Ontario not developing mass screening tool for B.1.617 COVID-19 variant devastating India
Travellers, who are not affected by new quarantine rules, arrive at Terminal 3 at Pearson Airport in Toronto early Monday, February 22, 2021. THE CANADIAN PRESS/Frank Gunn
Published Wednesday, April 28, 2021 1:02PM EDT
Ontario is not in the process of developing a mass screening technique to detect the B.1.617 coronavirus variant currently devastating India and already present in the province because global authorities have not yet deemed it a variant of concern.
The U.S. Centers for Disease Control, Public Health Agency of Canada and other bodies still consider it a “variant of interest,” not confirmed to be more infectious and requiring further study.
“(Public Health Ontario) continues to adapt our surveillance strategy to detect known and emerging variants through whole genome sequencing. (Public Health Ontario) will not develop a PCR-based test for the E484Q mutation at this time,” a spokesperson told CP24 on Tuesday.
“Currently, B.1.617 has not been designated as a variant of concern and therefore more research and evidence is needed about the mutations on the B.1.617 variant of interest and its potential impact on human health.”
Instead, the province continues to rely on random sampling of positive cases of COVID-19, run through an expensive and laborious process known as whole genomic sequencing.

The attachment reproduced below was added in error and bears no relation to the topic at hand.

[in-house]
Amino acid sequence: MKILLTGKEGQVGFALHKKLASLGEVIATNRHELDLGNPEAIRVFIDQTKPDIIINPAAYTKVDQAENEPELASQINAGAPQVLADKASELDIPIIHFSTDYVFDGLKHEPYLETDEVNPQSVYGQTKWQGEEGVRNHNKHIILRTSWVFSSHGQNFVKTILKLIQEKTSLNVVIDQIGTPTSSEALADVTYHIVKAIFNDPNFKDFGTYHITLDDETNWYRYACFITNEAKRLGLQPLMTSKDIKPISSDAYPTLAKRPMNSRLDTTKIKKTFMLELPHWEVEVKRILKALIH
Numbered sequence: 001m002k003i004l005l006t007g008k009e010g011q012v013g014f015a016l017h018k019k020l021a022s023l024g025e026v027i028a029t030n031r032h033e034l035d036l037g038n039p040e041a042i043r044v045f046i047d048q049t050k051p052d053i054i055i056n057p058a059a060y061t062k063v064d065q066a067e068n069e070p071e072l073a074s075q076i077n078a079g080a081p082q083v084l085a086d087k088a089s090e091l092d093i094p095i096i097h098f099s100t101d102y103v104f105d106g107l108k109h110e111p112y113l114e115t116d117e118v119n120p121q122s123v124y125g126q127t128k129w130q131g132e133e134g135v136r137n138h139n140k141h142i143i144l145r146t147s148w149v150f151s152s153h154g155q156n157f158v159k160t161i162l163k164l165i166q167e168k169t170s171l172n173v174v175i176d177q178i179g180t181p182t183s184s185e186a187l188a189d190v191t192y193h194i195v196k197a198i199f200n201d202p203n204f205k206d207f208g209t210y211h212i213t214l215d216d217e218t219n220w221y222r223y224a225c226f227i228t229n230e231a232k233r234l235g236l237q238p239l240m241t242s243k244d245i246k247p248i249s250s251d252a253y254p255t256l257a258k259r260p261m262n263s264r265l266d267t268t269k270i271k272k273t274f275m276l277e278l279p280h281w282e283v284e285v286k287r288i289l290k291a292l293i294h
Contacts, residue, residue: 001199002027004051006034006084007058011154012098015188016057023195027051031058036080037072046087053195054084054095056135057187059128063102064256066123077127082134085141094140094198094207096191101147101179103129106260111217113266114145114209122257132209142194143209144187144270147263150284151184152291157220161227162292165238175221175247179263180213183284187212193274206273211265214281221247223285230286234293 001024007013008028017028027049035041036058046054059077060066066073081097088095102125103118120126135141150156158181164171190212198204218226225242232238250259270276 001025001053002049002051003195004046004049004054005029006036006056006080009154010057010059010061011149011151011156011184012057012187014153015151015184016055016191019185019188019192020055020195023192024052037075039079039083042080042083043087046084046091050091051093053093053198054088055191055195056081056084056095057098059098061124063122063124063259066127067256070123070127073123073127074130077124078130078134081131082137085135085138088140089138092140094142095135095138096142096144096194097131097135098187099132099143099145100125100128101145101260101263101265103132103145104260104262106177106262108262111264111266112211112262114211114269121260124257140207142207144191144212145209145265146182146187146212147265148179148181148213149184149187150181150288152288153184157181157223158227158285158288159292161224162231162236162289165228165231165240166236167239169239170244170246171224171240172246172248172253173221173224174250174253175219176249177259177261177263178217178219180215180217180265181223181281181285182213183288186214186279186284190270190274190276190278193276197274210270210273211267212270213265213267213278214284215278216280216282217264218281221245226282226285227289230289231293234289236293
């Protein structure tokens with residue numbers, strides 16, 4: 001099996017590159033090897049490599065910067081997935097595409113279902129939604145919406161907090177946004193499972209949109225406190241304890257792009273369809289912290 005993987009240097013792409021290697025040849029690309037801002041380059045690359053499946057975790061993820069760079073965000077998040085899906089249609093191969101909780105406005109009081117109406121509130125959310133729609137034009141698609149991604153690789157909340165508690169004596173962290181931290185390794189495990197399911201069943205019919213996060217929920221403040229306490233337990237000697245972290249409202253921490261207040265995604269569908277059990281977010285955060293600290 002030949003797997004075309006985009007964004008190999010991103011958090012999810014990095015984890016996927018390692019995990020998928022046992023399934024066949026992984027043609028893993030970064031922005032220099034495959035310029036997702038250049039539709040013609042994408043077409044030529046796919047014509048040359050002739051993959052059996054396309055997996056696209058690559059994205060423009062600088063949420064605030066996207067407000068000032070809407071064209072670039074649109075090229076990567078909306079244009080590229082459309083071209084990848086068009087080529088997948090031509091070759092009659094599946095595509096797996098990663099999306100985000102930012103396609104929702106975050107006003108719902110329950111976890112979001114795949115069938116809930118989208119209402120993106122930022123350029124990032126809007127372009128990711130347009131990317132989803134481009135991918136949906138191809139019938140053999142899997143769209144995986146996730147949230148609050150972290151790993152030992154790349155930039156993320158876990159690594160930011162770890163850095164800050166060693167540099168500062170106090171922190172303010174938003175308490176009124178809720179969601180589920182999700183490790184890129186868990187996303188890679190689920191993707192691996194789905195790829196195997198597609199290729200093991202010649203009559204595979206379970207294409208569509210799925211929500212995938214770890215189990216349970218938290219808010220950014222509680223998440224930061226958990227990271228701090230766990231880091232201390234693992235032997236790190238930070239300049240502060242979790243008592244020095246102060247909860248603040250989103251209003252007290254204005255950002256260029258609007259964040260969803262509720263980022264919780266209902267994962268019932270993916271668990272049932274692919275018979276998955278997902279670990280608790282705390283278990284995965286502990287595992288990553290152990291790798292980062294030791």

As a result, officials from Public Health Ontario told CP24 no other positive examples of the B.1.617 coronavirus mutation have been detected since last week, when officials disclosed 36 cases.
Ontario has a rigorous and widespread screening program to detect the B.1.1.7 variant first discovered in the UK, the P.1 variant first found in Brazil and the B.1.353 variant first discovered in South Africa, with a majority of all positive samples run through screening to determine their likely lineage.
Instead of developing a PCR-based screen for B.1.617, Public Health Ontario says it is instead running five per cent of samples that test negative for the specific spike protein mutation found in the UK and South African variants through whole genomic sequencing, with help coming from the National Microbiology lab in Winnipeg.
Initial research from India suggests that B.1.617 causes more severe infection and outcomes in younger patients than previous variants circulating in that country.
Its spread in India has overwhelmed hospitals and crematoria alike, with more than 300,000 new infections reported daily this week and deaths spiking to levels not seen before.
As a result, Canada banned all direct incoming flights from India and Pakistan on April 22.
The B.1.617 variant arriving in the province prompted both Ontario Premier Doug Ford and Brampton Mayor Patrick Brown to call for new restrictions on air travel.